Remarkably, it was Manchester’s iconic Northern Quarter that was used instead of the actual streets of New York. However, when you scratch just a little beneath the surface, you realise that the two cities share a lot of similarities. “It resembles Brooklyn – the red-brick buildings, the fire escapes, the warehouses, that post-industrial world,” location manager Dan Connolly told i. in a recent interview.  

“The Northern Quarter still has a grittiness, especially the back streets and alleyways,” he explained. “So Morbius was skulking around – as his character does – in the back streets, shoulder to shoulder with people staggering out of clubs.”

Whether it Morbius climbing up walls in Piccadilly Gardens, or Stevenson Square being made to look like Greenwich Village, the location team did a stellar job here. For anyone wanting to visit Manchester, the Northern Quarter is a good place to start.

(Credit: Dean Ward)

Crystal Palace Park, London

Another miraculous accomplishment on the part of the location team was that they chose South London’s historic Crystal Palace Park as their replacement for the sprawling Central Park. It was picked specifically for its balustrades, steps and statues that echo the unmistakable architecture in New York’s green beating heart.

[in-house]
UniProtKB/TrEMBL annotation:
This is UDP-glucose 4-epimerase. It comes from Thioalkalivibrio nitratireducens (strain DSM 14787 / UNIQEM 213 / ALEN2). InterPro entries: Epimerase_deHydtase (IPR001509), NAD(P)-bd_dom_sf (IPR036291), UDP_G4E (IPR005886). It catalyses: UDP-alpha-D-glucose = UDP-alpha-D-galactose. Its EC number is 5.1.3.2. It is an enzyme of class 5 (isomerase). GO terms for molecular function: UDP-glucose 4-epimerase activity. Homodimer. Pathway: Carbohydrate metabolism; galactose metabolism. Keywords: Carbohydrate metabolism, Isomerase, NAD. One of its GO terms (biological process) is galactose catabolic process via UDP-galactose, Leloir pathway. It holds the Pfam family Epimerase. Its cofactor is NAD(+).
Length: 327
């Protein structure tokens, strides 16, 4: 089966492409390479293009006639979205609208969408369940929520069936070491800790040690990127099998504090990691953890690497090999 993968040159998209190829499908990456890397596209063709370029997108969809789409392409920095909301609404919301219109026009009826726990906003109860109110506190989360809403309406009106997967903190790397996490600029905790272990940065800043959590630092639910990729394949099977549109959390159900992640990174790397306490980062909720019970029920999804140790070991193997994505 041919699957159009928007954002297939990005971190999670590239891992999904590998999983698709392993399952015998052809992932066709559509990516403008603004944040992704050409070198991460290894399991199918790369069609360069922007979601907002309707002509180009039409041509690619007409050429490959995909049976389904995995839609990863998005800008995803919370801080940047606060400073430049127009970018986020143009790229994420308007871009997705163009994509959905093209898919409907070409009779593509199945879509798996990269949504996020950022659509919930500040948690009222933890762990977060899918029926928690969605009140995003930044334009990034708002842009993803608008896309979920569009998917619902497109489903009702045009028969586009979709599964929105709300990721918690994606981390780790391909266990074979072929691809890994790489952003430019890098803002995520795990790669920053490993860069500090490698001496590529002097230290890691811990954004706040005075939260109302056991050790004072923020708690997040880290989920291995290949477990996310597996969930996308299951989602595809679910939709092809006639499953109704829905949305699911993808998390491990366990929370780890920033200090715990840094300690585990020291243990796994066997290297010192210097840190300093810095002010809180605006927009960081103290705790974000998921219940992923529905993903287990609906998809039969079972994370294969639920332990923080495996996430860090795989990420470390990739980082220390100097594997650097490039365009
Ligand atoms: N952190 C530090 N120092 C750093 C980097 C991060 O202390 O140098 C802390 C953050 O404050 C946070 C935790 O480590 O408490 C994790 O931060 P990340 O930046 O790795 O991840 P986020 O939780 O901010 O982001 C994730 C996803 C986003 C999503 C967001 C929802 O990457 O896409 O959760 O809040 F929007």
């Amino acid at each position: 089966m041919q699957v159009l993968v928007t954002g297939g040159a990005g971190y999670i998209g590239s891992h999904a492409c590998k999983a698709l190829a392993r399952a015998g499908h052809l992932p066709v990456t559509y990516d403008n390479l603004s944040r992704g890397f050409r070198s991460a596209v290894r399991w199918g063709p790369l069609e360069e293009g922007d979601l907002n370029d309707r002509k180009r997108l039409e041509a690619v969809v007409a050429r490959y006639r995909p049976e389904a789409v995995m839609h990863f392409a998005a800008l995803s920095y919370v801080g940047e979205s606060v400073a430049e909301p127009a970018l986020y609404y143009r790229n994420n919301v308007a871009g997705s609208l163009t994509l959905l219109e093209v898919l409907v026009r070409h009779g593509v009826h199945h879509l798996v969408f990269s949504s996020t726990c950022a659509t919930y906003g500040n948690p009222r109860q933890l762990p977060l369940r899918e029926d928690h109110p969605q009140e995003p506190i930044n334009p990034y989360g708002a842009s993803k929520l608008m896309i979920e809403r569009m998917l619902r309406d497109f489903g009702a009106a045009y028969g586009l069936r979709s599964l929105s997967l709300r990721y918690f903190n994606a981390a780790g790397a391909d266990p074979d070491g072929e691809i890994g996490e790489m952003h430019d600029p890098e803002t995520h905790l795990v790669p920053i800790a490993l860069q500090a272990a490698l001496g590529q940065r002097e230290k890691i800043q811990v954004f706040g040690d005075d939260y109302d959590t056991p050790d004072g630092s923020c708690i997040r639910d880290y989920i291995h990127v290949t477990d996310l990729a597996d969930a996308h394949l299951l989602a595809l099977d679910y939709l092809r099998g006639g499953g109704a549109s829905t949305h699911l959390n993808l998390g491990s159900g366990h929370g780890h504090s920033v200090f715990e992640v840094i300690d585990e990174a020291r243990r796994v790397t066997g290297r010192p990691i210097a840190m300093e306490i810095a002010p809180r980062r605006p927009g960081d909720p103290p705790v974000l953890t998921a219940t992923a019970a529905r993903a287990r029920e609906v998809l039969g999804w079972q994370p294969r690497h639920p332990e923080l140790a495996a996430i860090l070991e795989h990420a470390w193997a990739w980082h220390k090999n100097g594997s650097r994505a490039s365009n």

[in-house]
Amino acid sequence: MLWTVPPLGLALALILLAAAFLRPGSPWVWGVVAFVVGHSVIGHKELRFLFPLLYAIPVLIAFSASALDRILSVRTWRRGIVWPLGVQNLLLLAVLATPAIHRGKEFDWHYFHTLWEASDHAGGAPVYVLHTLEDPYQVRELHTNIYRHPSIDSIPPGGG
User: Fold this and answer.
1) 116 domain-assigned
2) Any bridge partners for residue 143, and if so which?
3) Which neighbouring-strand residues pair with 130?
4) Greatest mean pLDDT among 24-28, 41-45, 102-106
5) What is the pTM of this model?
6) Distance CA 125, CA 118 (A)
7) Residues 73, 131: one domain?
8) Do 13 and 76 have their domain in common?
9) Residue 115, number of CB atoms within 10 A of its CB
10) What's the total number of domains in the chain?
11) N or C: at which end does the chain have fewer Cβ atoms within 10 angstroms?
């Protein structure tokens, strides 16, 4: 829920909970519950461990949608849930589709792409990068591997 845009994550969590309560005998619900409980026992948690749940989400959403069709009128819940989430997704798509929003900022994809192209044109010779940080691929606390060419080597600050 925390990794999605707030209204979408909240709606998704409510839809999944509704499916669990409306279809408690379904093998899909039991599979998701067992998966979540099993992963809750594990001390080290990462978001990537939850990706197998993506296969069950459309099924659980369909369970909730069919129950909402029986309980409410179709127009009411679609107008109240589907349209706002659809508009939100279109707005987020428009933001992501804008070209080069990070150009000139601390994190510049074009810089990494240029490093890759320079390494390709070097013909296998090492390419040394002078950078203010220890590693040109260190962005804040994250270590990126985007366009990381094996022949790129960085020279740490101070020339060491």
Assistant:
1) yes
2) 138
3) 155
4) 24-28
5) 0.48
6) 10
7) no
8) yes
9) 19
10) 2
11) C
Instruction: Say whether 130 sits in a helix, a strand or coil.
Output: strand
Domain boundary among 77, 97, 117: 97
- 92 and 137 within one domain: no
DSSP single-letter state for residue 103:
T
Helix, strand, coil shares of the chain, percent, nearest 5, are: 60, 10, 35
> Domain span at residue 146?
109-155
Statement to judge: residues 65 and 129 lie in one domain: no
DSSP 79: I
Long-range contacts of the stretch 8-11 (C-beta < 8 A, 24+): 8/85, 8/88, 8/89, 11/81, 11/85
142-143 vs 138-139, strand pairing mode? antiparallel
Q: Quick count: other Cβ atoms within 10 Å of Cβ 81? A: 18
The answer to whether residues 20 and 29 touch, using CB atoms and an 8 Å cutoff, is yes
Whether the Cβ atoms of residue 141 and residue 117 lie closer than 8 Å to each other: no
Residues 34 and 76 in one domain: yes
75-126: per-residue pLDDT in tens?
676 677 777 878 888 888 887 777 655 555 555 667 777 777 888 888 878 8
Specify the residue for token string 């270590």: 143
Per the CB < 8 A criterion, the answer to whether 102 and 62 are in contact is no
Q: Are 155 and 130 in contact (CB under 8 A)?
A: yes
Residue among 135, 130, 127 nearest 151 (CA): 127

Added to this was the fact that Crystal Palace is situated on a hill, so in post-production, they could drop in the skyline of New York into the background, fooling us all into thinking this was Central Park. To create this authentic sense of us being in New York, the crew also brought in American police cars and even constructed a full-size replica of Central Park’s fountain.

Crystal Palace Park is well worth a visit for anyone who hasn’t been there and for those who want to veer off the beaten track when exploring London. Complete with five dinosaur statues dating back to the Victorian era and a boating lake, it’s perfect for a walk with a coffee on a Sunday morning.

(Credit: Ewan-M)

HMS Belfast, London

Another incredible bit of visual trickery comes in the form of the location of Morbius’ lab on the container ship. Here we see him conducting his illegal experiments, and instead of using an actual container ship, the Thames’ most prized possession, HMS Belfast, was used.